“I had no doubt about Mr Schembri so I had no reason to take measures to ensure that he wasn’t aware,” Muscat said.

“And Kenneth Camilleri?” Grech asked.

“Kenneth Camilleri was one of six police officers who were rostered on my security detail,” said Muscat, testifying that Camilleri had “no inside information.”

Muscat was confronted with a claim he had made in other court proceedings, that he had been instructed to keep relations with Yorgen Fenech normal. “Did you tell Keith Schembri about this instruction?”

Muscat said he hadn’t.

“Was there any reason why this communication intensified around the time of Schembri’s arrest?” suggested Grech.

“No,” Muscat replied again.

Lia interjected, saying that he “is not sure this is even the case.”

“So how did he speak to the Degiorgios and assure them that they had nothing to worry about?” asked Grech, informing the court that the defence would be calling the mentioned three people to testify at a later stage.

“How am I supposed to know what is being said to others?” protested Muscat. “In my mind the people around the table were the only people with access to this information,” he insisted. The court disallowed a follow-up question about the identities of the people around the table.

2014 plot mentioning Chris Cardona

Grech’s questions moved on to a letter specifying a previous plot to kill Caruana Galizia in 2014. “Did Keith Schembri ever inform you about the existence of this plot?”

“No. I don’t think Schembri was even involved,” Muscat replied.

“Keith Schembri wrote the letter,” pointed out the lawyer.

Muscat said that he had not heard any rumours about the murder before it happened or shortly after it happened.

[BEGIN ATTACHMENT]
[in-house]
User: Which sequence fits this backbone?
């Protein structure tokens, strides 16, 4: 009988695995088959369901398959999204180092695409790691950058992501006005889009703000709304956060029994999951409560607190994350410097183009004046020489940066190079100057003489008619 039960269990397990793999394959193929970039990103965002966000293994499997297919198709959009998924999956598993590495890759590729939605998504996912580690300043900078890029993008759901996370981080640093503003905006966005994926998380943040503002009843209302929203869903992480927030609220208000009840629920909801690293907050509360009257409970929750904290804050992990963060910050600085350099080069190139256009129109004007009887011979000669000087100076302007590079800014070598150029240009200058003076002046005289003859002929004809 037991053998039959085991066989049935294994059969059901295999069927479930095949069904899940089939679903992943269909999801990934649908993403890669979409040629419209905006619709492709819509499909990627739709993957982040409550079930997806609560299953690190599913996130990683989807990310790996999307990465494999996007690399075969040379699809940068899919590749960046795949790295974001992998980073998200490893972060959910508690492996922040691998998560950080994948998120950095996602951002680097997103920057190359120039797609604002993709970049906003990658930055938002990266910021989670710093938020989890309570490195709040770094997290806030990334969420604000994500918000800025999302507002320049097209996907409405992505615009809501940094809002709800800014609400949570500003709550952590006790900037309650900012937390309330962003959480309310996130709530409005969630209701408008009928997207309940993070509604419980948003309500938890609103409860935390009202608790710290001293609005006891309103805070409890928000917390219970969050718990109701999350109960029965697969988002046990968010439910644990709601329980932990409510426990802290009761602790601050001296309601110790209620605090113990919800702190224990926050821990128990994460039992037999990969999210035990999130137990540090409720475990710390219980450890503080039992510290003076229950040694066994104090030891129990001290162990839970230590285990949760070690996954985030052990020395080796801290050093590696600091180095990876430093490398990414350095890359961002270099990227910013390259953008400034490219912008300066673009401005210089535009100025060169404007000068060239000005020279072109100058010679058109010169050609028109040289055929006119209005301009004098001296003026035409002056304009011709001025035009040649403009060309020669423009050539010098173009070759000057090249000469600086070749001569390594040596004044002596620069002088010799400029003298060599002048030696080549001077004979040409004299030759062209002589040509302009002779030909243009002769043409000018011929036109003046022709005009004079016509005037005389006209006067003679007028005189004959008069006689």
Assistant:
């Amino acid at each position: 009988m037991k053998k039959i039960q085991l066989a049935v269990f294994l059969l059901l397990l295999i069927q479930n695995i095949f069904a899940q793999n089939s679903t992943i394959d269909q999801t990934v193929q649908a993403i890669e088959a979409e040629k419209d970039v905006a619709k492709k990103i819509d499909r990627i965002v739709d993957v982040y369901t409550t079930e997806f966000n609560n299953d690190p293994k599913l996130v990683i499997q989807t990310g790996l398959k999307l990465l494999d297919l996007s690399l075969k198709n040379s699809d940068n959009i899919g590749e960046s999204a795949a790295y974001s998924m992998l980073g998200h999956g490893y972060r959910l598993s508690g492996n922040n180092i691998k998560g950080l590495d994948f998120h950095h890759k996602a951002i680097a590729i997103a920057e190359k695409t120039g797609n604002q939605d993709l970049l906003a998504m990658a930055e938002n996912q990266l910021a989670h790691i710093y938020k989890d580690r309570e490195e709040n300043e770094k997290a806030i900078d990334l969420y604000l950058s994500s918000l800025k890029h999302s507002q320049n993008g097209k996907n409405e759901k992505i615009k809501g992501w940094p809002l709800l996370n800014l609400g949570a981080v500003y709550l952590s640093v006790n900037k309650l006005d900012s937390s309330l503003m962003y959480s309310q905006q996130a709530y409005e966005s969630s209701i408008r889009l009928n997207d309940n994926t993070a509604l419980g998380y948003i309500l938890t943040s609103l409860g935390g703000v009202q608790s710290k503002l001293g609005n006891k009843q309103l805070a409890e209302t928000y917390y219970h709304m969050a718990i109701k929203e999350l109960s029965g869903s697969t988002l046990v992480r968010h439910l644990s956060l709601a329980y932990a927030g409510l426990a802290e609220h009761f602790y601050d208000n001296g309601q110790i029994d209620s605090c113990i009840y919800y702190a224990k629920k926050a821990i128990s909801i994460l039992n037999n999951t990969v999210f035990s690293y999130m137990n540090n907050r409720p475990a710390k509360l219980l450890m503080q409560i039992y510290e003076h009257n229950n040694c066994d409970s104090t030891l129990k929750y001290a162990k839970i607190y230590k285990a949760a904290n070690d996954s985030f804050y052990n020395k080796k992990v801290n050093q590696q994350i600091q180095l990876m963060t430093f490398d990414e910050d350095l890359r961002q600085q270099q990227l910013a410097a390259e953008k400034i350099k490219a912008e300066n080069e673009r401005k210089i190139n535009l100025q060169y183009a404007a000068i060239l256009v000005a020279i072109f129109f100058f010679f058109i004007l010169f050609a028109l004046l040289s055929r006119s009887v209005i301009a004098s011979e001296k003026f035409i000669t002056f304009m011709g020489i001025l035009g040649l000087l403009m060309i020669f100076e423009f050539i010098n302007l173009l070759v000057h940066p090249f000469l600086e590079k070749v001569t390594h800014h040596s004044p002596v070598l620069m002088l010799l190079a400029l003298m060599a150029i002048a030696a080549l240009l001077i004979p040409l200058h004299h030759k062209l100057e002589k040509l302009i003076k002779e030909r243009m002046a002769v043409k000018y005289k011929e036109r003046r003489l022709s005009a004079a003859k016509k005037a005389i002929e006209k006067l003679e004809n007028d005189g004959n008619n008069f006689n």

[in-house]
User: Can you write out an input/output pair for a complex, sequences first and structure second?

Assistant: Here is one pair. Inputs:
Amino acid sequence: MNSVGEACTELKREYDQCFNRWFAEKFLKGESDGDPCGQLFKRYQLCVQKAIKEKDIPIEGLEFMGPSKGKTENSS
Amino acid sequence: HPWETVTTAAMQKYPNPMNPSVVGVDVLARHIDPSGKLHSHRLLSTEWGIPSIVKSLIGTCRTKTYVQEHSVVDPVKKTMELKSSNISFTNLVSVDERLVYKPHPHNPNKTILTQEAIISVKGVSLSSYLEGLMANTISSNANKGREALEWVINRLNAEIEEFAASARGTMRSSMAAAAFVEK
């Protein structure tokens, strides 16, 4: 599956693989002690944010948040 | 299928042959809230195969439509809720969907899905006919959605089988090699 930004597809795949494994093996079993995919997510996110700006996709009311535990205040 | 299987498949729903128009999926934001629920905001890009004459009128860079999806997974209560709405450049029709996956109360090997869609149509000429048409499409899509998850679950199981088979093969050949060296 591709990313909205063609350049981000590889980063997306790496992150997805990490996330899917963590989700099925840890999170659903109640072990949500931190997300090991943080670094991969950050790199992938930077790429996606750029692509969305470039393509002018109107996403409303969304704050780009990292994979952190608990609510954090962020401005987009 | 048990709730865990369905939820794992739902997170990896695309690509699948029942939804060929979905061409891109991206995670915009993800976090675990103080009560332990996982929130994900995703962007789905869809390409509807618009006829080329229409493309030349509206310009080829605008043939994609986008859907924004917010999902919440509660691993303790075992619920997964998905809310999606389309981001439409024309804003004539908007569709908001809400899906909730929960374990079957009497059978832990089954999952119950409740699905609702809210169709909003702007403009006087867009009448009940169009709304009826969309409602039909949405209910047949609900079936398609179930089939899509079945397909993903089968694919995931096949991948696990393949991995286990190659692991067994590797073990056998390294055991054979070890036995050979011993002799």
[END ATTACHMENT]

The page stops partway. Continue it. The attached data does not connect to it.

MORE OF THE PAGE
“So, when did you hear about it?” Grech asked. “Afterwards, some rumours started circulating,” answered the witness.

“But Keith Schembri clearly knew about this because he mentioned it in the letter he sent to Yorgen Fenech,” the lawyer insisted.

Muscat said he only knew about it from news reports.

Asked whether any other ministers were involved in that plot, Muscat again pointed to information already in the public domain. “It’s in the public domain, Chris Cardona was mentioned.” Cardona had been the deputy leader of the Labour Party at the time.

Grima’s lawyer asked Muscat whether he knew “that Cardona was one of the first people to be called to appear before the inquiring magistrate, Consuelo Scerri Herrera.”

“I am not aware of this and I would like to know where this information is coming from.”

The court was told that Peter Caruana Galizia had mentioned this in proceedings before Judge Silvio Meli, in which he had been requesting the removal of Assistant Police Commissioner Silvio Valletta from the murder investigation.

“Consuelo Scerri Herrera only spent a few hours in charge of this inquiry,” replied Muscat.

“Exactly, and one of the persons she spoke to was precisely Chris Cardona,” the lawyer shot back. “I am not aware of this.” Muscat replied curtly.

The Melvin Theuma recordings

Asked whether he had been informed about Melvin Theuma’s cache of recorded conversations during the investigation, Muscat said he had been informed that a person being investigated had indicated that they had some form of recordings. He denied having heard them or being informed of their contents.

Muscat added that he hadn’t been aware that Schembri's name was mentioned in the recordings, and had only discovered this when the information emerged in public. “From the briefing I received, there was doubt as to whether these recordings even existed.”

“So, you granted a pardon without knowing they existed?” Grech hit back.